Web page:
Response to immunosuppression is unpredictable but can be good. In males a vigorous approach in patients with only anti-Ma2 antibodies seems justified. It has been suggested that orchiectomy is justified if[13]:

  1. Anti-Ma2 antibodies in association with MRI or clinical features compatible with Ma2-encephalitis
  2. Life-threatening or progressive neurological deficits
  3. Age < 50 years
  4. Absence of other tumors
  5. New testicular enlargement or cyptorchidism or ultrasound evidence of testicular microcalcifications

Anti-CV2/CRMP-5 autoimmune encephalitis

Limbic encephalitis

First described as recently as 1968 as a paraneoplastic phenomena it is increasingly being recognised and successfully treated with some idiopathic forms being quite responsive to immunosuppression. It presents with:

  • Rapidly progressive short-term memory deficits
  • Psychiatric symptoms
  • Epilepsy

As of 2008 about 40% of the autoantigens responsible remain unidentified.

Anti-VGKC limbic encephalitis

The recognition that immunosuppressive treatment of limbic encephalitis associated with antibodies to voltage gated potassium channels (VGKC) revolutionised the field and indeed by encouraging appropriate CSF and serum characterisation transformed a rare condition to one that was quite common but obviously previously unsuspected. Typically rapidly progressive:

Treatment is with steroids, plasma exchange and intravenous immunoglobulin.

Anti-Hu limbic encephalitis

  • Rapidly evolving impairment in consciousness
  • EEG evidence of lateralized pseudoperiodic sharp-wave discharges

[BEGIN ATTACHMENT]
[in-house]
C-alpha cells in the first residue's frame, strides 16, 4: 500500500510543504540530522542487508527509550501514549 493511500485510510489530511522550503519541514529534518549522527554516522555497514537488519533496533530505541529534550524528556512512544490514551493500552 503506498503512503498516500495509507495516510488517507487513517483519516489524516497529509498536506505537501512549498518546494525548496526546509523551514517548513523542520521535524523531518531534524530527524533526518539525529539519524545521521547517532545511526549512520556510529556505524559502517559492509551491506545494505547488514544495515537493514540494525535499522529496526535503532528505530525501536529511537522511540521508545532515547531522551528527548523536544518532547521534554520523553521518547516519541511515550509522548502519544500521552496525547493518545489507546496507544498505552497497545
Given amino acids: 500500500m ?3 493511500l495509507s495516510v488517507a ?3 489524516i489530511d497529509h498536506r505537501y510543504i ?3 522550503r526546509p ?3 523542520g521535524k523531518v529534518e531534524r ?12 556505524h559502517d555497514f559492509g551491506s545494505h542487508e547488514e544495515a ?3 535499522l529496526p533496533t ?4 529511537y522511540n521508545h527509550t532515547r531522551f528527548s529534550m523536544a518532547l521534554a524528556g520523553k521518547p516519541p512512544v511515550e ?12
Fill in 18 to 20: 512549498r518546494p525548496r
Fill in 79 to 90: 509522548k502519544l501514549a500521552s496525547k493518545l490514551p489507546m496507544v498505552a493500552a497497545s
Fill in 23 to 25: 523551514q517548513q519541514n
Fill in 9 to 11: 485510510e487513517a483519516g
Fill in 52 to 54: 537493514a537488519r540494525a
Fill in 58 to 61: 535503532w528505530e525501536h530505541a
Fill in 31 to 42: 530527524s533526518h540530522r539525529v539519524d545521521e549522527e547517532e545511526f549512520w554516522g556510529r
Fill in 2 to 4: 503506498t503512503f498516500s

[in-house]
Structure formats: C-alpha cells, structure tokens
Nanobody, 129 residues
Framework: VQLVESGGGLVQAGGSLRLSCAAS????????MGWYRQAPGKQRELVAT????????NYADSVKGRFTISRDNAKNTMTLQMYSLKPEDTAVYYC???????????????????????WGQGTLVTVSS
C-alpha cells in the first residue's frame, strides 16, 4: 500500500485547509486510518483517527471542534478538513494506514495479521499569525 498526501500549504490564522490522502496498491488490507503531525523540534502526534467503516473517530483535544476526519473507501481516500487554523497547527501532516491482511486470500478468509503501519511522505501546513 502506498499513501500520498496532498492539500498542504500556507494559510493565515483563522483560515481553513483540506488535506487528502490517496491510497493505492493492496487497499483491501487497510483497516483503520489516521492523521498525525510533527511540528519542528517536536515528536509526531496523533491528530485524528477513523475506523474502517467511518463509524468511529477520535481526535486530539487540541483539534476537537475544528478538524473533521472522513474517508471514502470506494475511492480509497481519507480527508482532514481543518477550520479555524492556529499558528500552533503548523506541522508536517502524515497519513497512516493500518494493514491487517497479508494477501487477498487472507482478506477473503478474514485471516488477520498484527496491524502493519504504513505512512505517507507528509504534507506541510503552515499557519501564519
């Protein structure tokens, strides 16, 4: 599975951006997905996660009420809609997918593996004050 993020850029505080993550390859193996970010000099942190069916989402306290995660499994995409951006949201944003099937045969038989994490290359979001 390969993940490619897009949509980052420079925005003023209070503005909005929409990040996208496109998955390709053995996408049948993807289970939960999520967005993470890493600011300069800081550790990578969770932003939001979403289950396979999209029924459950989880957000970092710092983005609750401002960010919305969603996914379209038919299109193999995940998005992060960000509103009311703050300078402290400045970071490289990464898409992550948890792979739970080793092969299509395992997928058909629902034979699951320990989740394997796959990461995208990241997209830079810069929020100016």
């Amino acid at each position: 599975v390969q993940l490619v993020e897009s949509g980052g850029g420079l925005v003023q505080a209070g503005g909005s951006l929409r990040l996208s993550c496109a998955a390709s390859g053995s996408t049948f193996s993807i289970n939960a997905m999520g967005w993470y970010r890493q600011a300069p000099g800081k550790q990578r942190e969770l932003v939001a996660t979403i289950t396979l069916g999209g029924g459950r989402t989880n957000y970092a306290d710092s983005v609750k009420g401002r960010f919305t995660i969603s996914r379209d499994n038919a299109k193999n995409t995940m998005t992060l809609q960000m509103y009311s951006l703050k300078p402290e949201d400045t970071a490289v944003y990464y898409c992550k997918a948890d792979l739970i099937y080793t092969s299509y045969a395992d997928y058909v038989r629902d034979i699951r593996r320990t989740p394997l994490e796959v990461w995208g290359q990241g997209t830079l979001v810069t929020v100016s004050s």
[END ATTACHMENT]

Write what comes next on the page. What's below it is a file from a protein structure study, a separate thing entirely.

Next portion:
• Ataxia
  • Sensory neuropathy

Anti-Ma2 limbic encephalitis

Is only about 25% of Anti-Ma2 autoimmune encephalitis

Anti-CV2/CRMP-5 limbic encephalitis

Has been reported with tumour associations.

Anti-NMDAR limbic encephalitis

Due to antibodies to the NR1 and NR2 hetromers of the NMRA receptor [14] presents with:

There is an association with teratomas such as ovarian dermoid cysts which is important as resection of the tumour is potentially curative[15]. However these antibodies have been detected in 30% of SLE patients, with or without neuropsychiatric impairments. NR2 autoantibodies are also found in patients with epilepsy (33%), non-specific encephalitis and stroke[16]. The CSF 14-3-3 protein can be raised so is not helpful in differential diagnosis excluding CJD.

Stiff person syndrome

Stiff person syndrome (stiff-person syndrome, stiff-man syndrome, SPS) should be suspected with:

  • Progressive muscle rigidity
  • Superimposed painful muscle spasms
  • Gait impairment due to continuous motor activity

It is a neurological disease associated with the development of autoantibodies, usually to glutamic acid decarboxylase but also to the synaptic membrane protein amphiphysin[17]. The rare progressive encephalomyelitis with rigidity and myoclonus (PERM, stiff person syndrome plus) is associated with glycine receptor antibodies. The presence of anti-GAD65 antibodies are specific[18] but as a number of other conditions can cause similar clinical presentations the literature is confusing. The paraneoplastic presentation may be different to the non-paraneoplastic condition. Profolol has possible benefit[19]. Patients are more likely to have the condition with:

  • Rigidity and painful spasms of the lumbar paraspinal, abdominal, and occasionally proximal leg muscles
  • Associated lumbar hyperlordosis
  • Intrathecal synthesis (IS) of GAD-ab

Involvement of the upper limbs and distal lower limbs is rarer. However the condition appears to be under diagnosed.

There are associations with type 1 diabetes, Other conditions associated with GAD antibodies include[20]:

PERM

Progressive encephalomyelitis with rigidity and myoclonus (PERM) is caused by autoantibodies to the glycine receptor (GlyR)[24]. There is an encephalomyelitis with:

  • Myoclonus
  • Rigidity
  • Brainstem signs including autonomic dysfunction
  • Some times cerebellar ataxia
  • Some times isolated temporal lobe epilepsy

The neuropathology includes brainstem perivascular cuffing and neuronal loss.

It is part of the spectrum of stiff person syndrome (SPS). It has been associated with thymoma[25].

Treatment

Autoimmune epilepsy